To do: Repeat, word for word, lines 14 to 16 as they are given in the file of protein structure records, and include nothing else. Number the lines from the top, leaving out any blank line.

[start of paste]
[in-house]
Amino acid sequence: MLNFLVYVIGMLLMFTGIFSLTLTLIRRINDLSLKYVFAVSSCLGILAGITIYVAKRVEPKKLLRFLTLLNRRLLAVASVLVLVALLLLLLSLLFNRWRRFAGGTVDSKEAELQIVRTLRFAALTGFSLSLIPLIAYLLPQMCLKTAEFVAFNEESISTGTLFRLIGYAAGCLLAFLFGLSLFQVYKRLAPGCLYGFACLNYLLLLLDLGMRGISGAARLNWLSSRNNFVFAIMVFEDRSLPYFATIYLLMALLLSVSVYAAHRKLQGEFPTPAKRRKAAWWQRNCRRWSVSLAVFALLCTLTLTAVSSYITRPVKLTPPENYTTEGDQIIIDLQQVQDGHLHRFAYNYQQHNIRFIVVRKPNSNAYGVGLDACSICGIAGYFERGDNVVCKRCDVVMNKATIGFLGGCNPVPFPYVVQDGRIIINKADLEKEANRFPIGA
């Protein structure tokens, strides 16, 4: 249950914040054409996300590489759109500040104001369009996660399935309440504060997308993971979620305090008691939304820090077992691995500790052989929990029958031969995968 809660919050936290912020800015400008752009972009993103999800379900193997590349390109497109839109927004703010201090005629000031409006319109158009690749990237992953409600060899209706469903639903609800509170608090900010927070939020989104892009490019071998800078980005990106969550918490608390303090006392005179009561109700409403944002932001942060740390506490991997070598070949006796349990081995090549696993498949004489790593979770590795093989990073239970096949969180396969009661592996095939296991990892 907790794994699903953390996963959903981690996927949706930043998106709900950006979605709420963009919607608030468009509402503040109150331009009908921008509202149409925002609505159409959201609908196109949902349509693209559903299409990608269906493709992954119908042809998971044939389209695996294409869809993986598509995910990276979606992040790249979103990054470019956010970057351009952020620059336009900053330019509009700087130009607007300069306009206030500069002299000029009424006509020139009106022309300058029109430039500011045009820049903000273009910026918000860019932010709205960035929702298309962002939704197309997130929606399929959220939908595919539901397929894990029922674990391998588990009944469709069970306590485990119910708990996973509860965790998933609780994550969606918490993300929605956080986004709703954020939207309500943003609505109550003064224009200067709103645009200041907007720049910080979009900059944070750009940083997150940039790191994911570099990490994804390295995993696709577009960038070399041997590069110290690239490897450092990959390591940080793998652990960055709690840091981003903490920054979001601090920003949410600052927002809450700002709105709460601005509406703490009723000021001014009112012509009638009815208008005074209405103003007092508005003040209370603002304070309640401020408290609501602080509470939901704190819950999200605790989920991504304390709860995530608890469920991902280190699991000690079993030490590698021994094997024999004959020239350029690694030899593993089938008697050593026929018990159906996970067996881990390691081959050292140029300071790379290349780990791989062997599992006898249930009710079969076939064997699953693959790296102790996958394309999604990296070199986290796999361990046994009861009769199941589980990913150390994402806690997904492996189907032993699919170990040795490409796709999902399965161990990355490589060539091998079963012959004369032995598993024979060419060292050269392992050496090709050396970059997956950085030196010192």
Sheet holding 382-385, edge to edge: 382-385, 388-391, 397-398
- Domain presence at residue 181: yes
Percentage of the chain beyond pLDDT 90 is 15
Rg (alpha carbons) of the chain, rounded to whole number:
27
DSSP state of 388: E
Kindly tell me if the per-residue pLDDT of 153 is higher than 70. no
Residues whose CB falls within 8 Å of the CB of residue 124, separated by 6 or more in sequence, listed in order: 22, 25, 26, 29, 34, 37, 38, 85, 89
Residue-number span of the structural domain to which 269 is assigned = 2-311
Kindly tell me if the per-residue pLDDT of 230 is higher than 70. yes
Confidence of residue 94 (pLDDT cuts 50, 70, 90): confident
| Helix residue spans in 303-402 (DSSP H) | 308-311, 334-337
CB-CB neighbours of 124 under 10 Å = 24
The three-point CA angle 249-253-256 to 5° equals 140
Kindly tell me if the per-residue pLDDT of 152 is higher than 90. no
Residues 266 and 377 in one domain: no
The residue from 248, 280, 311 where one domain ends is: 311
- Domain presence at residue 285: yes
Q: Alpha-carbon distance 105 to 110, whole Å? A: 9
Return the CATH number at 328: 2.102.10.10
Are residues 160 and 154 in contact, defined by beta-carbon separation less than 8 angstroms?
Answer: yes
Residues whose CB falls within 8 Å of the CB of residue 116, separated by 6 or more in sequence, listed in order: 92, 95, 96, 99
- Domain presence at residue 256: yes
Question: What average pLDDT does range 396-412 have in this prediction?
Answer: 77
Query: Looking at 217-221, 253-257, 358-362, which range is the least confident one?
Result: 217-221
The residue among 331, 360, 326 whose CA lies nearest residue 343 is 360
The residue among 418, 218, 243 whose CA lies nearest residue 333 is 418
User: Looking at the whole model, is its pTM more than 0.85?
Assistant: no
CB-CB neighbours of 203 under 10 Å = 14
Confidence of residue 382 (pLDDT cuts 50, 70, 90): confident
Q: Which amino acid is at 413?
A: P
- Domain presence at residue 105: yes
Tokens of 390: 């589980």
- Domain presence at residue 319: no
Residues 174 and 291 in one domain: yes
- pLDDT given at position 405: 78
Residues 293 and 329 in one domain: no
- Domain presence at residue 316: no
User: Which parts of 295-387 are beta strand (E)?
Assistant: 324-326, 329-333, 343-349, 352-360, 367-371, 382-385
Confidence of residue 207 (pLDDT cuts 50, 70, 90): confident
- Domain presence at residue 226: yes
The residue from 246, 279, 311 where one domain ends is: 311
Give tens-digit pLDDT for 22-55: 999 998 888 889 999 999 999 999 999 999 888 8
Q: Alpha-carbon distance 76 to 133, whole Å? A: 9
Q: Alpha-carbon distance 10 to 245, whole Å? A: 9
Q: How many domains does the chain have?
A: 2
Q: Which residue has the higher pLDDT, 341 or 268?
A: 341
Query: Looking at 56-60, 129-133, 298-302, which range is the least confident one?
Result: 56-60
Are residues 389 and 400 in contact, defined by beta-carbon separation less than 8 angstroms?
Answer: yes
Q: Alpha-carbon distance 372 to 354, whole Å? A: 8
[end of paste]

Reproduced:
Confidence of residue 94 (pLDDT cuts 50, 70, 90): confident
| Helix residue spans in 303-402 (DSSP H) | 308-311, 334-337
CB-CB neighbours of 124 under 10 Å = 24